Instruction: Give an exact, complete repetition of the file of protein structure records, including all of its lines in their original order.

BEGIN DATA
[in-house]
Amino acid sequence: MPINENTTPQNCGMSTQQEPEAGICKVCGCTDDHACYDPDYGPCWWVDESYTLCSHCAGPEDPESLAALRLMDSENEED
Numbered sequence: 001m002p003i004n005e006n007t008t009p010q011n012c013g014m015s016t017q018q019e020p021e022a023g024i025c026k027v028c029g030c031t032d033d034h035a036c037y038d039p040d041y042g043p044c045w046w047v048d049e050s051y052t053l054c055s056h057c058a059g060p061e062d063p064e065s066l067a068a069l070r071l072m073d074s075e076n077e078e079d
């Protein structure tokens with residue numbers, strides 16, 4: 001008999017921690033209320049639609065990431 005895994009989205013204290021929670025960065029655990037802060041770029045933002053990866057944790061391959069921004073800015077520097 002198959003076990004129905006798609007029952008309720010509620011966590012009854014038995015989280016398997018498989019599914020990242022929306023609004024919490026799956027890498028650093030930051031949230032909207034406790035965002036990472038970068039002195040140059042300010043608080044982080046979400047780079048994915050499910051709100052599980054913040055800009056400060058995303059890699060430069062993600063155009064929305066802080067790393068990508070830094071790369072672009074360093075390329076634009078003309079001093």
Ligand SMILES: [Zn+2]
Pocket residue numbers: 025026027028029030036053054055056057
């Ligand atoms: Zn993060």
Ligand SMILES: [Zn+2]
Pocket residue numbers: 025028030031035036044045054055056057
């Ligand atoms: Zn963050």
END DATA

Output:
[in-house]
Amino acid sequence: MPINENTTPQNCGMSTQQEPEAGICKVCGCTDDHACYDPDYGPCWWVDESYTLCSHCAGPEDPESLAALRLMDSENEED
Numbered sequence: 001m002p003i004n005e006n007t008t009p010q011n012c013g014m015s016t017q018q019e020p021e022a023g024i025c026k027v028c029g030c031t032d033d034h035a036c037y038d039p040d041y042g043p044c045w046w047v048d049e050s051y052t053l054c055s056h057c058a059g060p061e062d063p064e065s066l067a068a069l070r071l072m073d074s075e076n077e078e079d
């Protein structure tokens with residue numbers, strides 16, 4: 001008999017921690033209320049639609065990431 005895994009989205013204290021929670025960065029655990037802060041770029045933002053990866057944790061391959069921004073800015077520097 002198959003076990004129905006798609007029952008309720010509620011966590012009854014038995015989280016398997018498989019599914020990242022929306023609004024919490026799956027890498028650093030930051031949230032909207034406790035965002036990472038970068039002195040140059042300010043608080044982080046979400047780079048994915050499910051709100052599980054913040055800009056400060058995303059890699060430069062993600063155009064929305066802080067790393068990508070830094071790369072672009074360093075390329076634009078003309079001093």
Ligand SMILES: [Zn+2]
Pocket residue numbers: 025026027028029030036053054055056057
């Ligand atoms: Zn993060």
Ligand SMILES: [Zn+2]
Pocket residue numbers: 025028030031035036044045054055056057
């Ligand atoms: Zn963050």